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State two economically important uses of:

(a) Heterotrophic bacteria

(b) Archaebacteria

(a) Heterotrophic bacteria
The majority are important decomposers.Many of them have a significant impact on human affairs. They are helpful in making curd from milk, production of antibiotics, fixing nitrogen in legume roots, etc.
(b) Archaebacteria
Archaebacteria differ from other bacteria in having a different cell wall structure and this feature is responsible for their survival in extreme conditions. Methanogens are present in the guts of several ruminant animals such as cows and buffaloes and they are responsible for the production of methane (biogas) from the dung of these animals.


What is the nature of cell walls in diatoms?

In diatoms the cell walls form two thin overlapping shells, which fit together as in a soap box. The walls are embedded with silica and thus the walls are indestructible. Thus, diatoms have left behind large amount of cell wall deposits in their habitat; this accumulation over billions of years is referred to as ‘diatomaceous earth’.


Find out what do the terms ‘algal bloom’ and ‘red-tides’ signify.

Algal bloom
A heavy growth of algae in and on a body of water; usually results from high nitrate and phosphate concentrations entering water bodies from farm fertilizers and detergents; phosphates also occur naturally under certain conditions.

Red tides
Phenomenon associated with population explosions (blooms) of certain types of dinoflagellates; red structures inside the dinoflagellates cause the water to have a reddish color.


How are viroids different from viruses?

There are 6 ways in which viroids are different to viruses:

(i) Contain single circular RNA of low molecular weight (300 to 400 nucleotides).

(ii) RNA is often internally paired (3D) and is therefore protected against cellular

(ii) Viroids contain no capsids or envelopes.

(iii) There is no requirement for helper viruses.

(iv) Viroids do not produce proteins.

(v) In viroids RNA is always copied in the host cell nucleus.

(vi) Viroids can only be identified by nucleotide sequencing techniques.


Describe briefly the four major groups of Protozoa.

All protozoans are heterotrophs and live as predators or parasites. They are believed to be primitive relatives of animals. There are four major groups of protozoans.

(i) Amoeboid protozoans:
These organisms live in fresh water, seawater or moist soil. They move and capture their prey by putting out pseudopodia (false feet) as in Amoeba. Marine forms have silica shells on their surface. Some of them such as Entamoeba are parasites.

(ii) Flagellated protozoans:
The members of this group are either free-living
or parasitic. They have flagella. The parasitic forms cause diseases such as sleeping sickness. Example: Trypanosoma.

(iii) Ciliated protozoans:
These are aquatic, actively moving organisms because of the presence of thousands of cilia. They have a cavity (gullet) that opens to the outside of the cell surface. The coordinated movement of rows of
cilia causes the water laden food to be steered into the gullet. Example: Paramoecium.

(iv) Sporozoans:
This includes diverse organisms that have an infectious
spore-like stage in their life cycle. The most notorious is Plasmodium (malarial parasite) which causes malaria which has a staggering effect on human population.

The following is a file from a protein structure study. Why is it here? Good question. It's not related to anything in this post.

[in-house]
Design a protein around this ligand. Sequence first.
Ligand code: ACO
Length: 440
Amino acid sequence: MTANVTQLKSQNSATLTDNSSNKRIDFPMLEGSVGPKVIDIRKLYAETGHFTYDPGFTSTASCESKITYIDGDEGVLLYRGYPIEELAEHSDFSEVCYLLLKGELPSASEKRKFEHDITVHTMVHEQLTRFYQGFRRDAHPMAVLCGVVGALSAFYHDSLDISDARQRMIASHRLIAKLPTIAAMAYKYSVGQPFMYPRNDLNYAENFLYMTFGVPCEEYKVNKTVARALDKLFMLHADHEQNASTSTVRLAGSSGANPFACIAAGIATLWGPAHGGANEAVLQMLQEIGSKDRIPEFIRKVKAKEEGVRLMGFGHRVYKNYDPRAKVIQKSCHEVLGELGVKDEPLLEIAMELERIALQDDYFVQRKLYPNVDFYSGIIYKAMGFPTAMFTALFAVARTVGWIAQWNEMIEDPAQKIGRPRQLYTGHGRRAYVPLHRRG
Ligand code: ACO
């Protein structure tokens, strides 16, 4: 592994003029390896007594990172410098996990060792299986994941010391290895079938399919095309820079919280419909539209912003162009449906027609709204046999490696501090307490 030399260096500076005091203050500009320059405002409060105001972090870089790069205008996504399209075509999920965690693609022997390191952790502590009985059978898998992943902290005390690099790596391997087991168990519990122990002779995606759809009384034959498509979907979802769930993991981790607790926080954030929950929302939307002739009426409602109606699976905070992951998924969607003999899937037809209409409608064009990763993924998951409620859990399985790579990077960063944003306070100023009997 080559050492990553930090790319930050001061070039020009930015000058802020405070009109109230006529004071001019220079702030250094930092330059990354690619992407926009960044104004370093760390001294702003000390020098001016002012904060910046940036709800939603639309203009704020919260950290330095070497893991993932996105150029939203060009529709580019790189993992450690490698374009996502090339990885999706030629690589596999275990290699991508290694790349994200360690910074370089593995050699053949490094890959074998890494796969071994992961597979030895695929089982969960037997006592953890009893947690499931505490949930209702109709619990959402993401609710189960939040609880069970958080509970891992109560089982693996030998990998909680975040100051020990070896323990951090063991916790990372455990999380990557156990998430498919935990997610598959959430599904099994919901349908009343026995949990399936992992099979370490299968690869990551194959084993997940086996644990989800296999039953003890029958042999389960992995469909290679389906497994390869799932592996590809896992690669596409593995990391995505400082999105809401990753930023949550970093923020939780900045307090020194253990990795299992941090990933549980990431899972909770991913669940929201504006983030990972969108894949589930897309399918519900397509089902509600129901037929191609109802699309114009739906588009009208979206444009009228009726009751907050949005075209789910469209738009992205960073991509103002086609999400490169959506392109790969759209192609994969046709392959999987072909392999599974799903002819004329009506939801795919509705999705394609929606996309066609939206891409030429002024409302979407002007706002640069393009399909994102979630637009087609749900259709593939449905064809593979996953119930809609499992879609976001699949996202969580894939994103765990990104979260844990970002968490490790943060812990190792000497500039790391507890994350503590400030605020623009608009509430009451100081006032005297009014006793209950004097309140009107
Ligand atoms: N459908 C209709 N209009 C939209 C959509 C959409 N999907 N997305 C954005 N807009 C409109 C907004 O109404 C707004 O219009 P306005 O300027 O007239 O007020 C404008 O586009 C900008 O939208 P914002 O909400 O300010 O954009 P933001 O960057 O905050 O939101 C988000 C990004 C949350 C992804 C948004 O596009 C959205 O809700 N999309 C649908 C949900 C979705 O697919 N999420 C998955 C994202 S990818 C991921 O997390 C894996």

What do the terms phycobiont and mycobiont signify?

The algal component is known as phycobiont and fungal component as mycobiont, which are autotrophic and heterotrophic, respectively. Algae prepare food for fungi and fungi provide shelter and absorb mineral nutrients and water for its partner.
So close is their association that if one saw lichen in nature one would never imagine that they had two different organisms within them.


What are the characteristic features of Euglenoids?

Majority of the euglenoids are fresh water organisms found in stagnant water. Instead of a cell wall, they have a protein rich layer called pellicle which makes their body flexible. They have two flagella, a short and a long one. Though they are photosynthetic in the presence of sunlight, when deprived of sunlight they behave like heterotrophs by predating on other smaller organisms. Interestingly, the pigments of euglenoids are identical to those present in higher plants. Example: Euglena


Give a brief account of Viruses with respect to their structure and nature of genetic material. Also name four common viral diseases.

Viruses are obligate parasites. In addition to proteins viruses also contain genetic material that could be either RNA or DNA. No virus contains both RNA and DNA. A virus is a nucleoprotein and the genetic material is infectious. In general, viruses that infect plants have single stranded RNA and viruses that infect animals have either single or double stranded RNA or double stranded DNA. Bacterial viruses or bacteriophages (viruses that infect the bacteria) are usually double stranded DNA viruses. The protein coat called capsid made of small subunits called capsomeres. The capsomeres protect the nucleic acid. These capsomeres are arranged in helical or polyhedral geometric forms. Viruses cause diseases like mumps, small pox, herpes and influenza. AIDS in humans is also caused by a virus. In plants, the symptoms can be mosaic formation, leaf rolling and curling, yellowing and vein clearing, dwarfing and stunted growth.

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